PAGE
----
Your Mission Aligned Priorities are the “big rocks” you must remain focused on to accomplish your mission. These are not goals. These are priorities. If you’re going to be effective, you need to limit your priorities to maximize your impact. Because of these, I generally recommend having no more than 4-8 Mission Aligned Priorities. To keep it simple, I usually coach youth pastors to begin with these five Mission Aligned Priorities. They come right out of our Sonlife training on the life of Christ.


  1. Personal Health & Growth
  2. Winning the Lost
  3. Building the Believer
  4. Equipping the Worker
  5. Multiplying Disciple-Makers

We begin with you as a leader. How are you doing with God? How’s your marriage? How are you doing as a parent? Are you growing as a disciple, a disciple-maker, and a disciple-making leader? From there, we move on to your ministry role. A disciple-making ministry will balance Winning, Building, Equipping & Multiplying priorities for overall disciple-making effectiveness.


It’s not enough to merely state your priorities. You must be clear. What would you consider a “win” in that Mission Aligned Priority? Your definition of each Mission Aligned Priority is not your goals. This will help you more specifically evaluate where you’re currently at, and it will also shape your ministry’s goals as you begin to chart the course. 

Let me give you an example from my consulting experience. Several years ago, I sat down with a church staff to lead them through the strategic planning process. One of their Mission Aligned Priorities was Evangelism. Not surprising. When I asked them to define the win in the area of evangelism, the response was something like, “We want to reach people with the gospel and see them put their faith in Christ for salvation.” That’s a great definition, right? Simple, clear, mission-oriented. But I wasn’t satisfied. My disciple-making bias is about to show 🙂  I asked, “So, would you then be satisfied if the only person in the church who is sharing Christ is the pastor, and if the only proclamation of the gospel is coming from the pulpit? You could be a dynamic evangelist, preaching the gospel on Sunday mornings, and seeing many spiritually lost people coming into a relationship with God. Would you be satisfied with that? Or do you want all the believers in the church sharing Christ with their neighbors, friends, co-workers and classmates?” Everyone looked at each other, first sheepishly, and then excitedly. “Yes! That’s what we want!”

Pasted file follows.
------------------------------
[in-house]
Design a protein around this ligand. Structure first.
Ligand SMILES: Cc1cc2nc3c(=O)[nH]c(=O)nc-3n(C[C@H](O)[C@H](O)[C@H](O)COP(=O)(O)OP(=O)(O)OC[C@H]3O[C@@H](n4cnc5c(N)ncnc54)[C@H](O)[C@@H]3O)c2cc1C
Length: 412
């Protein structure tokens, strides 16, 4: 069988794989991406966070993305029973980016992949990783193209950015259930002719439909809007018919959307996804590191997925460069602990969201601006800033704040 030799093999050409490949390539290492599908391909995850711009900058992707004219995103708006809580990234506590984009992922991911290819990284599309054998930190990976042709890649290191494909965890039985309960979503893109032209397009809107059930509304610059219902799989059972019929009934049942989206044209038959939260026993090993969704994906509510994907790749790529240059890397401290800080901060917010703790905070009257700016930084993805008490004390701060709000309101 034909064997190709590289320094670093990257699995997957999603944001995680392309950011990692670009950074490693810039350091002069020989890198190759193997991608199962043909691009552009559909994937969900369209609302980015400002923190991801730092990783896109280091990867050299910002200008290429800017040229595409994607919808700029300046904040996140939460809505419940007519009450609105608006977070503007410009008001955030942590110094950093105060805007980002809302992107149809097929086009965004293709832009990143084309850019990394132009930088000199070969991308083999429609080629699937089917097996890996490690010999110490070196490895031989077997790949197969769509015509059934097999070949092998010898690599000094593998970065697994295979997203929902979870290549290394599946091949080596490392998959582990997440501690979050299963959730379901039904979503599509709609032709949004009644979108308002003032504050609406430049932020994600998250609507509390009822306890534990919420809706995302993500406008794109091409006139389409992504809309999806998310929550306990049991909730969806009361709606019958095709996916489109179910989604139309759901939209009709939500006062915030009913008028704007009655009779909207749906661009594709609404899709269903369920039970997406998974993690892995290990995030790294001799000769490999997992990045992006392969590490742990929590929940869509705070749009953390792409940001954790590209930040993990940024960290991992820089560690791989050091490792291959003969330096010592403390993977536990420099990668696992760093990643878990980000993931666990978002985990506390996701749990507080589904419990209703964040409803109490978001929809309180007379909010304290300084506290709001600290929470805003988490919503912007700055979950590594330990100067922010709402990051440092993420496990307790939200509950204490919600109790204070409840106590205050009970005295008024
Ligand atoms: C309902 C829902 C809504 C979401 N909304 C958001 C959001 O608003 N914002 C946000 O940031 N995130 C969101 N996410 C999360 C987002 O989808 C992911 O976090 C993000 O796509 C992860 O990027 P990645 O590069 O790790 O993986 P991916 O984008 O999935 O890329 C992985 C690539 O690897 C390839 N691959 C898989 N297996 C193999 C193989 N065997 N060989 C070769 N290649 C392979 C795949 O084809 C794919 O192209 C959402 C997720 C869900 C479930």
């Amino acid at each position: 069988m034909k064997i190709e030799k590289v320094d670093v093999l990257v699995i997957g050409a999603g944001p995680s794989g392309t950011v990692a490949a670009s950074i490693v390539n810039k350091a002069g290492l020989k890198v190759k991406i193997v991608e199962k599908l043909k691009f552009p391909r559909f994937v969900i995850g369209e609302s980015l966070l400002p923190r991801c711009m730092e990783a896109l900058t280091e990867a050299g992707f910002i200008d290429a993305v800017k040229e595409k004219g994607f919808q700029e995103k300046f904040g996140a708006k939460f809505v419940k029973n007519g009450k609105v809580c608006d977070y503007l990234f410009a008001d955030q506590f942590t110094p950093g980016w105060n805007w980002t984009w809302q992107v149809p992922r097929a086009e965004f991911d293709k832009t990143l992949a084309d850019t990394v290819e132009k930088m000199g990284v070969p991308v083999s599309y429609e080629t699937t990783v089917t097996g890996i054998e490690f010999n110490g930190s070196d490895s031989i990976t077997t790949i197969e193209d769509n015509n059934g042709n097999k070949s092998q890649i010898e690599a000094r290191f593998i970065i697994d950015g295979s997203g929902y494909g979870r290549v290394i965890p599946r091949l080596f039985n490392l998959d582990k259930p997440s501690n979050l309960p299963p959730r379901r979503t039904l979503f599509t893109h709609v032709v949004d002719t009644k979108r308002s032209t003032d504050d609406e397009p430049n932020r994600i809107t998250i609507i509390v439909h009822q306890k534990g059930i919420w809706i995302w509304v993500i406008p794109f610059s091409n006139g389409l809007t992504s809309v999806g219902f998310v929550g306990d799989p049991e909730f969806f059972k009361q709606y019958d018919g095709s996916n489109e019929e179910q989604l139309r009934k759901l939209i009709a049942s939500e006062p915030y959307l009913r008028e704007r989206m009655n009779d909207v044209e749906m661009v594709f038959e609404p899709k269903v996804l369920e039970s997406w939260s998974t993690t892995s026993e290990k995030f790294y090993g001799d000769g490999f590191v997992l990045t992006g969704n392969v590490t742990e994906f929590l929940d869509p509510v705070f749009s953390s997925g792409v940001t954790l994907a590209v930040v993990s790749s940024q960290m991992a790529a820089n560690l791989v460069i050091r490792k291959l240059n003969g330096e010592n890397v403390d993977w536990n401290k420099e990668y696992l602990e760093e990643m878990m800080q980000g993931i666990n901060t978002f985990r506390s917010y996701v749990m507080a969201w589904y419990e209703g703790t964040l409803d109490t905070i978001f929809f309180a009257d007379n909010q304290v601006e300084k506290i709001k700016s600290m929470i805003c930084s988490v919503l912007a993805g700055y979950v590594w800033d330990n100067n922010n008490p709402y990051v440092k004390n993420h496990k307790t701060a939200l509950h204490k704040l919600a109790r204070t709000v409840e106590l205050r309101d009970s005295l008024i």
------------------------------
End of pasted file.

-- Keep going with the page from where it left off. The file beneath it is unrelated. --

That church leadership team changed their definition for the Mission Aligned Priority of Evangelism. It now read: 

To equip and encourage our church body to invest in relationships with the spiritually lost and invite them into a saving relationship with Christ.